Days 154/155. Thursday, 25th and Friday, 26th May. Tamassa Hotel, Bel Ombré, Mauritius.

All is not well in “Paradise”. It’s wet. Yesterday was showery. This wasn’t a problem, as we were out on a tour all day. We were fortunate that it mostly rained while we were in the car between attractions. Today, however, it has been continuous heavy rain.

As we had arrived in the dark, Dennis had no real idea how Mauritius looked. To remedy this we booked a tour, which would take us around the main attractions in the southern part of the island and to get a feel for the country. Most of the day was on narrow, winding, hilly roads, often flanked by sugar cane.

Our first stop was to see the two giant statues of the God Shiva (108 feet tall, built in 2007) and Goddess, Durga (built in 2017). The statues are erected next to a holy lake and temple and statues of other gods line the lake. Up to 700,000 Hindus make a pilgrimage here once a year.

Mauritius is a volcanic island. Some craters contain lakes, but we peered over the edge of the crater at Curepipe which is lined with tropical vegetation and supposedly, (hopefully), dormant. Curepipe is the second largest town on the island and the retail capital.

Retail therapy.

Mauritius manufactures all sorts of clothing. The yarns and materials are all imported. As part of our tour we were taken to various locations where the best efforts were made to extract tourist dollars from us. A cashmere factory, rum tasting, diamond factory and a ship model workshop, with accompanying retail area.

They were moderately successful as I purchased a silk scarf and Dennis bought me a lovely diamond ring. To avoid tax, there is a complicated procedure whereby we have to collect the ring on departure from the airport. I only hope this works!

It was pouring when we left Curepipe, but fortunately once we reached the Black River Gorge had cleared and we were able to get a reasonable view over the the surrounding mountains and waterfall.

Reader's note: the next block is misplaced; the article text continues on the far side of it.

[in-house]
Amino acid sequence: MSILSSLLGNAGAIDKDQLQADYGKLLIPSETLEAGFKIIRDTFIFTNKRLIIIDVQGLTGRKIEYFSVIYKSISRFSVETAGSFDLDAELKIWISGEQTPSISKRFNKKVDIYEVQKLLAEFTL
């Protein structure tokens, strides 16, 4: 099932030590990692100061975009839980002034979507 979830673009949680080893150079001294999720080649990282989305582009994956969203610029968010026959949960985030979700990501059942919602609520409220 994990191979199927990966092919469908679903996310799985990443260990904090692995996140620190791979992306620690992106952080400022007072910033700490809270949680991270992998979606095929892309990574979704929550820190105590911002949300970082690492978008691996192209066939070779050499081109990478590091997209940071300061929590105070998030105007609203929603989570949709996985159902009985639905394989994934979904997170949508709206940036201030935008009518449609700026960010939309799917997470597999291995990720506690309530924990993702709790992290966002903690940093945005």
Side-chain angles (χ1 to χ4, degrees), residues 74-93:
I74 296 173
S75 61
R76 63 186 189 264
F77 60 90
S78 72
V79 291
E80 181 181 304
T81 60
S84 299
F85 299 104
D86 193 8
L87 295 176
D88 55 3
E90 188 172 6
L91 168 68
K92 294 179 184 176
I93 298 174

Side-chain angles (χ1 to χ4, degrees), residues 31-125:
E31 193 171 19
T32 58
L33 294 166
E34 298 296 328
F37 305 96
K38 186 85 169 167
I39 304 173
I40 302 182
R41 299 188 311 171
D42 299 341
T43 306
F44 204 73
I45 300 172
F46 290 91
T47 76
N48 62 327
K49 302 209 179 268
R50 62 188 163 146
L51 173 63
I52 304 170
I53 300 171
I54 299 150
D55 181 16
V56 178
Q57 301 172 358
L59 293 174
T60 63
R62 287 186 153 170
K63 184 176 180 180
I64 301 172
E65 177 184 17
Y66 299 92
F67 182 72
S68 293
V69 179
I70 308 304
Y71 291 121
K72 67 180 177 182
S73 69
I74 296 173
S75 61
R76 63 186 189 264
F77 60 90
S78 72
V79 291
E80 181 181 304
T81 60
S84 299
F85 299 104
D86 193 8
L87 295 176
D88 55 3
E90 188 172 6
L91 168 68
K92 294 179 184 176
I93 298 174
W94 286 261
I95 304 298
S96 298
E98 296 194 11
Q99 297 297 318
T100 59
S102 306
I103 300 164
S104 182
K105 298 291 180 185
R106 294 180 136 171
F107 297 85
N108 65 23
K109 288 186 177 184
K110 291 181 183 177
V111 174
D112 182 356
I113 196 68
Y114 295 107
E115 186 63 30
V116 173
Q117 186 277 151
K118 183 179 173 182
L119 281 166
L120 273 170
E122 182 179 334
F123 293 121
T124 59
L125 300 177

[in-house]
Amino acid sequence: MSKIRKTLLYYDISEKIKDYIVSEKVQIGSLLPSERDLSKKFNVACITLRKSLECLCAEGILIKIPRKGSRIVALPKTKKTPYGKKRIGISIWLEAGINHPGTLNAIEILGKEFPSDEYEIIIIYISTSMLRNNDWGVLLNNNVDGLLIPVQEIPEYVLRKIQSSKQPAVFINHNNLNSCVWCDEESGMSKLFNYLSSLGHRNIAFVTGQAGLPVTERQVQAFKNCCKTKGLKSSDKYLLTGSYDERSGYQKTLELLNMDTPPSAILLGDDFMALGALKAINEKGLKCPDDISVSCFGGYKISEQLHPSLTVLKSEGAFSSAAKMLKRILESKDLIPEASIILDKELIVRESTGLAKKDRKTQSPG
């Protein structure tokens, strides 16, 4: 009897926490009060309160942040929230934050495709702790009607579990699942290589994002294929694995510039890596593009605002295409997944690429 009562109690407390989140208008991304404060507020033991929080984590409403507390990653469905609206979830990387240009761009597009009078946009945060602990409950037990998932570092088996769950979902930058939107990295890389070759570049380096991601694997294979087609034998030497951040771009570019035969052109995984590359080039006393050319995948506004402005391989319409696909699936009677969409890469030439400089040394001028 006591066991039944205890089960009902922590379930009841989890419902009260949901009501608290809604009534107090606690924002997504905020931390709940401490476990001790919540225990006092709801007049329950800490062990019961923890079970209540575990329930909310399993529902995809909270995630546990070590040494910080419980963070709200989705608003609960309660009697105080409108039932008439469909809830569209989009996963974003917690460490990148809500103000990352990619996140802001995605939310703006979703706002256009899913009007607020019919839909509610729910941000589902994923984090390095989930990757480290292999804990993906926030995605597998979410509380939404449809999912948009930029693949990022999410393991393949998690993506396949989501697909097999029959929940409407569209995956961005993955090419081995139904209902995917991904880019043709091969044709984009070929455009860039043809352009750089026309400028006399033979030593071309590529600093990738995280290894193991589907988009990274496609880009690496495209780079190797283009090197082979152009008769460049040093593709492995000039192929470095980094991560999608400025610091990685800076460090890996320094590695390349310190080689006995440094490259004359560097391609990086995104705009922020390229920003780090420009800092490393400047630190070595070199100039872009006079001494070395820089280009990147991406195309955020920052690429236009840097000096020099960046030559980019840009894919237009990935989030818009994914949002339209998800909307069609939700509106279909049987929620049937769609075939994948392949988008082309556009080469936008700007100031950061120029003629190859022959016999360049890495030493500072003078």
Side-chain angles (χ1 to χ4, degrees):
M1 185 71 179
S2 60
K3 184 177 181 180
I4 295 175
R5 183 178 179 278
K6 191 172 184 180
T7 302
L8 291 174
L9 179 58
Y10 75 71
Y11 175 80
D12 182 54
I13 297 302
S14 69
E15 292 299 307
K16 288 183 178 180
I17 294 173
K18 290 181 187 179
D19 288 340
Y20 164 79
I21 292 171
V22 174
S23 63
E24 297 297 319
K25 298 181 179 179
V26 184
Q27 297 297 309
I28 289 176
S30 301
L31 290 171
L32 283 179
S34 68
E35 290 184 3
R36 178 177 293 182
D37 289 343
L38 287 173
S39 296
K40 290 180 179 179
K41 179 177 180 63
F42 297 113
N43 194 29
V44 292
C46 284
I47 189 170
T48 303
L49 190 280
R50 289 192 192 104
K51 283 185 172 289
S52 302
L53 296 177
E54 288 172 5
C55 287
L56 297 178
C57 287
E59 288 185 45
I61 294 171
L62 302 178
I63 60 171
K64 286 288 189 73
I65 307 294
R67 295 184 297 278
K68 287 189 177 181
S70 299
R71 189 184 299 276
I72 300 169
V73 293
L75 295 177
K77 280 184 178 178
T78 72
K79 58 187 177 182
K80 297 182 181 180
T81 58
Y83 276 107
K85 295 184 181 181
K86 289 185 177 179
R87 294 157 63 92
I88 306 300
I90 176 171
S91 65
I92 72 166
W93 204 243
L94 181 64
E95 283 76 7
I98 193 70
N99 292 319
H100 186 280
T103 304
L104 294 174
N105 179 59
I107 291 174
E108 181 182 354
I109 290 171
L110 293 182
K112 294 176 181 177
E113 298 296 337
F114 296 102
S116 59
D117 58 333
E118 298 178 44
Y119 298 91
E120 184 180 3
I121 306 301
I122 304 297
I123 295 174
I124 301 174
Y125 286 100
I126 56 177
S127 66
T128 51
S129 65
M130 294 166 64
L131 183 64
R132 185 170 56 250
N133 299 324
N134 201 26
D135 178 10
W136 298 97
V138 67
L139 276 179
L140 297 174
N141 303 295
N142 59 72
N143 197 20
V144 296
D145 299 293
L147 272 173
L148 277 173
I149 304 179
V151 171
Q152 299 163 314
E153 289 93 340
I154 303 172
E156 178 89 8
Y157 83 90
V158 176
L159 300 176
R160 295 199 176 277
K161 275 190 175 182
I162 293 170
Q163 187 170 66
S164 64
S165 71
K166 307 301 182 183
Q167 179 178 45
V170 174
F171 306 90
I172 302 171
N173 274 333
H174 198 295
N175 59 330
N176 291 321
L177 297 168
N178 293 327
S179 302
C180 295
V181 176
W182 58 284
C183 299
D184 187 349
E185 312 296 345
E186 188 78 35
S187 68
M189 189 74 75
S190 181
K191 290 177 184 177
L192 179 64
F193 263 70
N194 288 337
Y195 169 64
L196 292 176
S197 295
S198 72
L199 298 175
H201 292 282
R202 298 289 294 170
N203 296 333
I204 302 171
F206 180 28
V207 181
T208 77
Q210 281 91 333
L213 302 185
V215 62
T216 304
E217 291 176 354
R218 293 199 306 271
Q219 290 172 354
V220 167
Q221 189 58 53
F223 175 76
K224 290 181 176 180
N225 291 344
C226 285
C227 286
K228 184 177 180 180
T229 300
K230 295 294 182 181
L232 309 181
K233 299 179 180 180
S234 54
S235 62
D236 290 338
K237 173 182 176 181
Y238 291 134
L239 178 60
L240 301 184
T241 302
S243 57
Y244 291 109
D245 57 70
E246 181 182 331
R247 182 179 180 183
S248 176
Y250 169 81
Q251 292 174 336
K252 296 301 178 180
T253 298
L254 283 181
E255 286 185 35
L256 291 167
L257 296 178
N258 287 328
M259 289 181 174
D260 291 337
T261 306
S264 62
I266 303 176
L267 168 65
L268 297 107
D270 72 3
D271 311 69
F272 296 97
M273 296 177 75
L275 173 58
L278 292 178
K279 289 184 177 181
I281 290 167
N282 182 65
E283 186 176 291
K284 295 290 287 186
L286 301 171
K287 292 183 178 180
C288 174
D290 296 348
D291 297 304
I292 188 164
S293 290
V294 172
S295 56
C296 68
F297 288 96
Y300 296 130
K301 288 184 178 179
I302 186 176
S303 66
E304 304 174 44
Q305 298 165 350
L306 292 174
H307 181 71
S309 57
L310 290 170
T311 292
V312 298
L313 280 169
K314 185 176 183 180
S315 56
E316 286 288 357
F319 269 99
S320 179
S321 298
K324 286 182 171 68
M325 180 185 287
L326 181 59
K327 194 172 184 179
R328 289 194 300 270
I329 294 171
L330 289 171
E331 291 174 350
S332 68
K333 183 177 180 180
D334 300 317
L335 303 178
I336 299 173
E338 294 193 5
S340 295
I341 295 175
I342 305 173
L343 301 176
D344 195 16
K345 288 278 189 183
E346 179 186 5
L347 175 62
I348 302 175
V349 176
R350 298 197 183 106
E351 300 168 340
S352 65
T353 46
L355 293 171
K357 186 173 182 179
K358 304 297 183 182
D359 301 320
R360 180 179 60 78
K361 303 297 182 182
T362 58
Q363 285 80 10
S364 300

The area is frequented by a group of monkeys. Fed by the tourists they are quite tame and cheeky. Not native. Imports from Madagascar. The most famous native species, the dodo, is sadly extinct and has been so for hundreds of years. The Dutch stripped the forests, destroying their habitat and introduced predators, such as the ship rat, which preyed on their nests.

Lunch was at a rum distillery. A very pretty location with lovely gardens. As the sugar cane is not ripe at the moment, maintenance was in progress and no distilling was taking place. The rum industry seems to have become very sophisticated. A bit like craft beer. A whole variety of differing flavours, attractive labeling and shaped bottles.

I wasn’t expecting much from lunch, but the restaurant was very smart and despite a menu having been chosen for us, it was an excellent lunch. It even included a cocktail of our choice.

Our final experience for the day was a visit to the Charmarel coloured earths. An unusual geological feature. Rolling dunes of seven differing colours.

Nearby there was also an enclosure with giant tortoise. Again not native, but an import from the nearby Seychelles.

The Landys

Meanwhile, back in Durban, Adam has been to visit OneLogix, the shipping agent who will handle the procedures for us when the Leonidio arrives in Durban. It appears the costs my be more than we originally expected. Aren’t they always!

Visits: 173

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